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It's Judgment Day for Hospital Websites

Cheryl Clark, for HealthLeaders Media, August 22, 2013

Not only are hospitals' quality metrics under tight review by payers, but now the honesty and relevance of their websites' claims and content is getting scrutinized.

The funny, if not shameful, thing about most hospitals' websites is how little they reveal about the quality and safety of care their patients receive. These portals could boast, say, their organization's specifics in preventing readmissions or infections, or how well patients scored their acute care experience.

But no. With a few hours spent browsing around, one realizes that what most of these platforms display are mere bromides and platitudes, even links to the area weather report. Many boast the hospital is "state-of-the-art," whatever that means, or that quality "is the cornerstone of everything we do," or "our mission is to offer healthcare services with compassion and dignity," or that the ER "provides 24-hour emergency services."

My pet peeve is when a hospital uses a third of its home page real estate for photos—not of the hospital's own, living, hard-working doctors, nurses and other members of the team—but instead wastes space with stock images of unrealistically beautiful, often even sexy, models wearing V-neck scrubs cut just low enough.

Now, a reality check on all of this banal puffery has finally arrived. And none too soon. Not only are hospitals' quality metrics under tighter review by payers, the honesty and relevance of their websites' claims and content is now getting scrutinized too.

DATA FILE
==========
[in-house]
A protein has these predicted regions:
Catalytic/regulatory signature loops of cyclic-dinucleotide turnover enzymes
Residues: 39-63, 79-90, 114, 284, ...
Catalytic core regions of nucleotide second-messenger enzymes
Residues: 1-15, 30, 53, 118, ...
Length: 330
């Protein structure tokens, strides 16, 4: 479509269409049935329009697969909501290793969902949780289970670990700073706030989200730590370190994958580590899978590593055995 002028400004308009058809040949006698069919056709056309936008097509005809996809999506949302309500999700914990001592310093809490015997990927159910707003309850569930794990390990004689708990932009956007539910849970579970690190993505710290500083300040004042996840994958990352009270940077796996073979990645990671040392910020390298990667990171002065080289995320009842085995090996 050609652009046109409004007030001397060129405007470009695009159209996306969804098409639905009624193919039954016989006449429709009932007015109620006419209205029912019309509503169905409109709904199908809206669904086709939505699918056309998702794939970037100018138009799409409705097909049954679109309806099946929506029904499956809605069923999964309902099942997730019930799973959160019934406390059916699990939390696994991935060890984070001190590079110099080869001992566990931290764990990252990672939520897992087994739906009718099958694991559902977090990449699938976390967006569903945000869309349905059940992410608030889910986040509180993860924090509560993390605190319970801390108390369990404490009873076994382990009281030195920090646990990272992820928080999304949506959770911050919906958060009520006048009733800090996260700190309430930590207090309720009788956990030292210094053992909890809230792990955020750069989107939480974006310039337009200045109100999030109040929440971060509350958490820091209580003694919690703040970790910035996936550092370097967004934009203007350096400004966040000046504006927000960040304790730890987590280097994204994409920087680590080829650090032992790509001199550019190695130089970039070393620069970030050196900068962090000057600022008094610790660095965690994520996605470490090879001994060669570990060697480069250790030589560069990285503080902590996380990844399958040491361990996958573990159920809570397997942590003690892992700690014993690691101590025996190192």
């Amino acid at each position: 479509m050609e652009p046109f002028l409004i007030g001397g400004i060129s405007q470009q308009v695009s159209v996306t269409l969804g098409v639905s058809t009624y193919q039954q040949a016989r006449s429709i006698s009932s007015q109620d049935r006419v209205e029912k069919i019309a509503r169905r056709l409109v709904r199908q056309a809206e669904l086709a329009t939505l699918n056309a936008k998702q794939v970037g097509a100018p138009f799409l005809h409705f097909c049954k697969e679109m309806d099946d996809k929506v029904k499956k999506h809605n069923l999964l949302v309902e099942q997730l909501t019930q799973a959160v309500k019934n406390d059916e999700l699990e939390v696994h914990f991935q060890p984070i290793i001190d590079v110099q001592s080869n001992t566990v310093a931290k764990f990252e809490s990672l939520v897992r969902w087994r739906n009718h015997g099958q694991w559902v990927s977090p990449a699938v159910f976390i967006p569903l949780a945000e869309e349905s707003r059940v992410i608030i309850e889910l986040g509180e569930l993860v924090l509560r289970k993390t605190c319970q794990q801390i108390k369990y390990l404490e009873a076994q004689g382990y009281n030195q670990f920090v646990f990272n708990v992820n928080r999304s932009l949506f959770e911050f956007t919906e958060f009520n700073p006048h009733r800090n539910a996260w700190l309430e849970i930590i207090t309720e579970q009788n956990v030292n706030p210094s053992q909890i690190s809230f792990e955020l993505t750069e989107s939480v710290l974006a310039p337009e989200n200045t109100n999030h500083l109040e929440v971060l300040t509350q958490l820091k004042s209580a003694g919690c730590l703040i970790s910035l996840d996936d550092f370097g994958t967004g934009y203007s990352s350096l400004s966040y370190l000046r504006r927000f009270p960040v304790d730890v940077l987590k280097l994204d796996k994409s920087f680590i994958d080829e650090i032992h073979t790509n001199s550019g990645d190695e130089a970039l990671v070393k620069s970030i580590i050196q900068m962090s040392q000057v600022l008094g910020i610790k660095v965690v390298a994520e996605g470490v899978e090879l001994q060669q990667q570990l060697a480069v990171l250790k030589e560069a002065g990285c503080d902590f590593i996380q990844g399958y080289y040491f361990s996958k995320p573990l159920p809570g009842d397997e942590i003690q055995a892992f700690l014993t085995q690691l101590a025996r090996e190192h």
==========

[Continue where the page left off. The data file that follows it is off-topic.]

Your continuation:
This week, the employer-based Leapfrog Group, which last year started doling out hospital safety scores from A-F, and the accreditation program URAC announced their joint 2013 Hospital Website Transparency Awards. The idea is to applaud those hospitals that have begun to use their sites for real information and education rather than disingenuous hype. And by omission, Leapfrog and URAC hope to shine a light on those who don't.

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3 comments on "It's Judgment Day for Hospital Websites"


Daniel Fell (10/9/2013 at 10:51 AM)
The Leapfrog Group has done some great work on patient safety and reducing medical errors in my opinion but this rating program could be greatly improved. Hardly any of the criteria really relate to the quality of hospital quality data itself. It's more of a general web site rating (of which there are several out there including the e-Healthcare Leadership Awards that I help judge every year). Where are the specifics regarding sources of data, use of internal quality data, consumer friendly explanations of quality metrics, physician level data, use of infographics, etc.? Less than 20% of the criteria even deal with the quality data. That said, we've been tracking healthcare ratings and rankings trends for the last decade and it's surprising ow slow hospitals have been to push this content out to referral sources and patients. So kudos to Leapfrog for drawing more attention to the issue.

Laurie (8/27/2013 at 4:28 PM)
It's no surprise that they are under review. Technology helps patients better educate themselves so they can make better healthcare choices. I see a lot of providers who are embracing technology in their practice with cloud PACS are also putting the effort into updating their website and other online identities where they could be held liable.

Danny Long (8/22/2013 at 3:14 PM)
Oh my Cheryl Clark, I so love your get to the point articles! One, if not my favorite writers! Danny and Shelly :-) :-)